But if yo want something really campy, and perhaps the closest thing to what Alsop is doing, listen to Golovanov’s version of the 1812 Overture. At least, unlike Scherchen, Golovanov had no choice.

  • japecake says:

    Let us never forget that musicologist Susan McClary helped kick off this kind of “intervention” decades ago by directly comparing one sonority in this work to rape (in a professional journal) before recanting under pressure. And later won a MacArthur Fellowship. So it’s time we made Beethoven more “relevant” (= less male, less white).

    • Sue Sonata Form says:

      She’s a musicologist who started the trend of weaponizing masculinity, then attempting to control it, for cheap political purposes. Didn’t see through that!!!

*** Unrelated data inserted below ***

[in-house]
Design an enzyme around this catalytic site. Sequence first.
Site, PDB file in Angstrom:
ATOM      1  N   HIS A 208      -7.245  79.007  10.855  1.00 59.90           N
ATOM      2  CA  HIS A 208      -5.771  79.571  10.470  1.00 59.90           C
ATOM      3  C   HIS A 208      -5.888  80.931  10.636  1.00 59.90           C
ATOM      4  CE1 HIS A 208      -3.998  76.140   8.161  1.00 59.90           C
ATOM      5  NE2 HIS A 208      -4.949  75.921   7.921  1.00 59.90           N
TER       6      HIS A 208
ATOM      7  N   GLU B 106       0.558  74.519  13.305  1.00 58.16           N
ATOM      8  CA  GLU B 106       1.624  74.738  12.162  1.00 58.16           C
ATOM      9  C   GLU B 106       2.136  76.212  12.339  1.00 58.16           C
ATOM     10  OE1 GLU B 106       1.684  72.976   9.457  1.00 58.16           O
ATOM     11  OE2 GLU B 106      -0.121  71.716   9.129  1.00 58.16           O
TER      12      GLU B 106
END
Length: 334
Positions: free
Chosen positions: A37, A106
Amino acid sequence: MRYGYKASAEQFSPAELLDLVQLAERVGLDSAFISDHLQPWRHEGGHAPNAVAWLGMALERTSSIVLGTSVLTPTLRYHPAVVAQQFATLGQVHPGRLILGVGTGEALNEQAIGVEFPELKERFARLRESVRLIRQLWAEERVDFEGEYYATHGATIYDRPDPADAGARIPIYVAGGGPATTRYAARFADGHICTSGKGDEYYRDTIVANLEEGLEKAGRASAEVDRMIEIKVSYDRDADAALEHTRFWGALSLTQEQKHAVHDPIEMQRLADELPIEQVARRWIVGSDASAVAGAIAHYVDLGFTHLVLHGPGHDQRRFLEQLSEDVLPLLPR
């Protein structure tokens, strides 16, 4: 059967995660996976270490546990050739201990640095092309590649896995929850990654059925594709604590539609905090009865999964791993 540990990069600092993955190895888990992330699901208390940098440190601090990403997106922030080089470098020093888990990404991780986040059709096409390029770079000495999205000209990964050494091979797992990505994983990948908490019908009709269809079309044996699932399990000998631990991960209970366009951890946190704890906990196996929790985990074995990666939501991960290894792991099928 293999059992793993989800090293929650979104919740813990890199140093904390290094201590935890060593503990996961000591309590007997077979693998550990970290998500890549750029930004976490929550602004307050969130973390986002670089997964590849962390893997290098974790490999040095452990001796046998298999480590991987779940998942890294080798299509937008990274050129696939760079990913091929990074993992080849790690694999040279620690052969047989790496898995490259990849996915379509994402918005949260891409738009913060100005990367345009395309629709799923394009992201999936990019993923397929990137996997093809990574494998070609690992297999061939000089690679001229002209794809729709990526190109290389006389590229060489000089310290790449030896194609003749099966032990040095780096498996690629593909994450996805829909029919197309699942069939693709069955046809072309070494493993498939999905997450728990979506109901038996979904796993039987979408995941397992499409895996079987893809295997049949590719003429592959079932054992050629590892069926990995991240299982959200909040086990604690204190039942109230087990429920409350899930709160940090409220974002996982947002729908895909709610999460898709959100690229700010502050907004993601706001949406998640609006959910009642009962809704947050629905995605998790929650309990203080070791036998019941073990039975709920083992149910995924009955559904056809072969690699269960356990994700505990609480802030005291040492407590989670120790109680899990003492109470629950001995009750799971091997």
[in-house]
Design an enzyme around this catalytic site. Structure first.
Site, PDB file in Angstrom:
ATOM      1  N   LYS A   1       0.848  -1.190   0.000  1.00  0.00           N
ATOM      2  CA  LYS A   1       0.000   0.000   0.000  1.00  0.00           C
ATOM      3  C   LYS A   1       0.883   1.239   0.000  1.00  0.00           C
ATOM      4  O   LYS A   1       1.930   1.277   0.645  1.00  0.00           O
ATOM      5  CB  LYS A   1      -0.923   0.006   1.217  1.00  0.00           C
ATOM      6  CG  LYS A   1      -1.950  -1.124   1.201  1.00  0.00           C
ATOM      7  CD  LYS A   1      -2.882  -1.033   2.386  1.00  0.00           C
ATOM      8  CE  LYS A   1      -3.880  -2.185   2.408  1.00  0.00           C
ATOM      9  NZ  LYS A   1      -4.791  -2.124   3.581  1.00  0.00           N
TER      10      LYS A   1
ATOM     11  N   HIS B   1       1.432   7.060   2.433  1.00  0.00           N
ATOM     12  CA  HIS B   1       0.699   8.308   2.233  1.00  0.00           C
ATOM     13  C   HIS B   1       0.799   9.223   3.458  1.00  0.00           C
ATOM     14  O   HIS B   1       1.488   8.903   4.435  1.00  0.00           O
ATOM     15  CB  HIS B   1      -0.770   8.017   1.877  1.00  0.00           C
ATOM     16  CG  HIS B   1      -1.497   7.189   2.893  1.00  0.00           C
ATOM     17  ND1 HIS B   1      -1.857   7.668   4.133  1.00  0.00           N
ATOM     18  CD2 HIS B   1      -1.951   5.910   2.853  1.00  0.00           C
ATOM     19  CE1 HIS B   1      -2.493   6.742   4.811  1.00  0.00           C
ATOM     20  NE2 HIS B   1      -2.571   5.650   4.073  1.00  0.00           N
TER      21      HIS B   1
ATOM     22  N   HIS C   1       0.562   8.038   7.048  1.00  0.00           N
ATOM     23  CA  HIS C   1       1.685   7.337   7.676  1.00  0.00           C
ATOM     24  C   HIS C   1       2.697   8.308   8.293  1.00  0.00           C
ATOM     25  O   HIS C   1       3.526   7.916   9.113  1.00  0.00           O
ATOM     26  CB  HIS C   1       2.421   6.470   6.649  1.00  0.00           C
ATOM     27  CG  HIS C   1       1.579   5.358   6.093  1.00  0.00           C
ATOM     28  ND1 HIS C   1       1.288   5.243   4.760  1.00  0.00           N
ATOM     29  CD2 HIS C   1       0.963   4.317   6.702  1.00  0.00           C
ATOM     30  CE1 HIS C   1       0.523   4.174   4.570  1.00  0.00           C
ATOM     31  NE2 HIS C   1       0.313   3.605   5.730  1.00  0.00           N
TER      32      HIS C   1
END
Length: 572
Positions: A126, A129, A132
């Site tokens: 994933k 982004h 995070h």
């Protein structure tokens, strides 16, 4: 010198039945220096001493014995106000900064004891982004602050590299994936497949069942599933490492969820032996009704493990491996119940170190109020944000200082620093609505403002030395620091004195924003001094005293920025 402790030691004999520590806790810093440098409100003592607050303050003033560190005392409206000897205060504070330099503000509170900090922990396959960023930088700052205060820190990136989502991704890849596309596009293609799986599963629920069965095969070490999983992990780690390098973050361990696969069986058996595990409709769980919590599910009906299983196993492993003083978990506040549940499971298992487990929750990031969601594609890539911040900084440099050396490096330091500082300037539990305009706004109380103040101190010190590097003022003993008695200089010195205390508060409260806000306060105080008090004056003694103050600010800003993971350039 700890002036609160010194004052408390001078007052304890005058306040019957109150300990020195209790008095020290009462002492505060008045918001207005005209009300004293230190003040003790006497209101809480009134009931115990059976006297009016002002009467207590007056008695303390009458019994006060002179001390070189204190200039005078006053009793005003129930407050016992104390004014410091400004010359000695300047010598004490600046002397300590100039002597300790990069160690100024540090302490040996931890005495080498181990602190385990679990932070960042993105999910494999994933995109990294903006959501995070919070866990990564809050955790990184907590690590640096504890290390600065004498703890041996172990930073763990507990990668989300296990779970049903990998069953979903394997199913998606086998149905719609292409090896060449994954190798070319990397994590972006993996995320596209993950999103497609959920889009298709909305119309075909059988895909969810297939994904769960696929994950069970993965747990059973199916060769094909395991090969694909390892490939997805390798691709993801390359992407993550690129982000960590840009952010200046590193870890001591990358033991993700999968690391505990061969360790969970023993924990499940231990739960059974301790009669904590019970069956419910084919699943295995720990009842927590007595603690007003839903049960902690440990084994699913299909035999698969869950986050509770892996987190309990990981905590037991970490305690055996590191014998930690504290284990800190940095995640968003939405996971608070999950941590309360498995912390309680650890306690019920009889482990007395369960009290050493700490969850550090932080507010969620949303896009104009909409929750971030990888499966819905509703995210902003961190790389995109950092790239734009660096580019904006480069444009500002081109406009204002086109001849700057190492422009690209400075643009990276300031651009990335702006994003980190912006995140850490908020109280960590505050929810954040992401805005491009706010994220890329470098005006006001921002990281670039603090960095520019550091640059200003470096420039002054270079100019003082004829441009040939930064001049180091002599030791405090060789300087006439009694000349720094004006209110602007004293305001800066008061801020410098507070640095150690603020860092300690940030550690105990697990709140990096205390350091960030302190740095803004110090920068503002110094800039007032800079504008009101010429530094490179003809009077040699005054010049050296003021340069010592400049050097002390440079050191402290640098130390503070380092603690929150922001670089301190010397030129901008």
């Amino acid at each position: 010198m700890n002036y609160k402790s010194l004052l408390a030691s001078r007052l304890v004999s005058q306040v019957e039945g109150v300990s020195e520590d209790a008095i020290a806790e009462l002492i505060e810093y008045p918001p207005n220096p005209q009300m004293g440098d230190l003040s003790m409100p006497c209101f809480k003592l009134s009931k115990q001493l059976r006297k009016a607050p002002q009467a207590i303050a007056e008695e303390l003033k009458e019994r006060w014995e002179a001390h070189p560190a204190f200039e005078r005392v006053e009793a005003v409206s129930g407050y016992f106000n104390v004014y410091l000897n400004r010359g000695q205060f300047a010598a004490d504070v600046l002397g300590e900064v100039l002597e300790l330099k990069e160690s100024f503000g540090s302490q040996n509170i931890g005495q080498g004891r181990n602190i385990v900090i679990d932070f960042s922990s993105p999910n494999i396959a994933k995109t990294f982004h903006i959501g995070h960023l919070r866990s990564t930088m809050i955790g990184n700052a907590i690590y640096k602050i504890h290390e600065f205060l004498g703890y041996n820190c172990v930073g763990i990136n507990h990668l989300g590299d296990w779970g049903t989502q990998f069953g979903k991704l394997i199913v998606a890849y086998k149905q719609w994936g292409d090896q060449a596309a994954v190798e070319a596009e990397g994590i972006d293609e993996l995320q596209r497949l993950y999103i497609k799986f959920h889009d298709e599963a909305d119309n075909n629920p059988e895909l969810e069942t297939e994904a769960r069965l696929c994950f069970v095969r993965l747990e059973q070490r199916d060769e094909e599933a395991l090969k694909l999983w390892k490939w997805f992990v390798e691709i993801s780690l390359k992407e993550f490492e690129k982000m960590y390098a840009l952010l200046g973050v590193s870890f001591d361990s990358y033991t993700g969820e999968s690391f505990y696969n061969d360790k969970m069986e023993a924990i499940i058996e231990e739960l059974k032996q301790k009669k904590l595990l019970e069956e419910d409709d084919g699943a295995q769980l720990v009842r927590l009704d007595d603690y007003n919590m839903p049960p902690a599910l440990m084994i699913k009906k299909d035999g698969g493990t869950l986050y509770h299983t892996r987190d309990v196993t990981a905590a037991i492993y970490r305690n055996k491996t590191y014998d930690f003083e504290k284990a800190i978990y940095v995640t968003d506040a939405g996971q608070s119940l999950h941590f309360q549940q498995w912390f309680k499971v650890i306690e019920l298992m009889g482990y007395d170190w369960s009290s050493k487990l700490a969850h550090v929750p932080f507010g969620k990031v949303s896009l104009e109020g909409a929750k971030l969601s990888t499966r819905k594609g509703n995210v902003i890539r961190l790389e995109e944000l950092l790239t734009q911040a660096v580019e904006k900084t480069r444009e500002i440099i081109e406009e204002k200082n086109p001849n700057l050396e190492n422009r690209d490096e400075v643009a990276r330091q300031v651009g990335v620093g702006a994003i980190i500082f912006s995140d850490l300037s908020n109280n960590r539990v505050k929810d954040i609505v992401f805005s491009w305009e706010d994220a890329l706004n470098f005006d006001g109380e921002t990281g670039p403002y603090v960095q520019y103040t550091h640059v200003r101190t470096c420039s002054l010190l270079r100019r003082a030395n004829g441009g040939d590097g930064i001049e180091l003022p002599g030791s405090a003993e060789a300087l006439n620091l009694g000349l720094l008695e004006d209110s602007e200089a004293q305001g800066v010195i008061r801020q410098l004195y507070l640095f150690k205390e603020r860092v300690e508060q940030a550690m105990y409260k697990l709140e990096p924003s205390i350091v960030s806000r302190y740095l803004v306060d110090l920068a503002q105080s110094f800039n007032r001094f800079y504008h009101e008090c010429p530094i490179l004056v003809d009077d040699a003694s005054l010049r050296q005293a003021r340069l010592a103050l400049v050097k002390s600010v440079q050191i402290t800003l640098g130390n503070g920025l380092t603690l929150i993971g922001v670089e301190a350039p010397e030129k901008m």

• Cornelia Beilke says:

        Very manly of her! Men do it all the time.

      • japecake says:

        Her Wikipedia article includes a brief mention of it. It caused a huge flap in musicology at the time. Worth reading about it in detail for its utter inanity.

    • John Borstlap says:

      There’s a woke story that all works by Beethoven are actually by his housekeeper and were appropriated by her master for career reasons. This was supposedly organised by the three noblemen who settled a pension for B, true music lovers who wanted to rescue the music from the hands of a mere working class woman of questionable repute. All four men involved were white, male, and three of them from the suppressing class of Viennese society. They forced B to add ‘von’ in his name to disguise his civilian status and his ‘blackamoorish’ ancestry.

  • Novagerio says:

    What talentless people do to the old masterworks, and in the name of politics….(big sigh)

  • Michael in Europe says: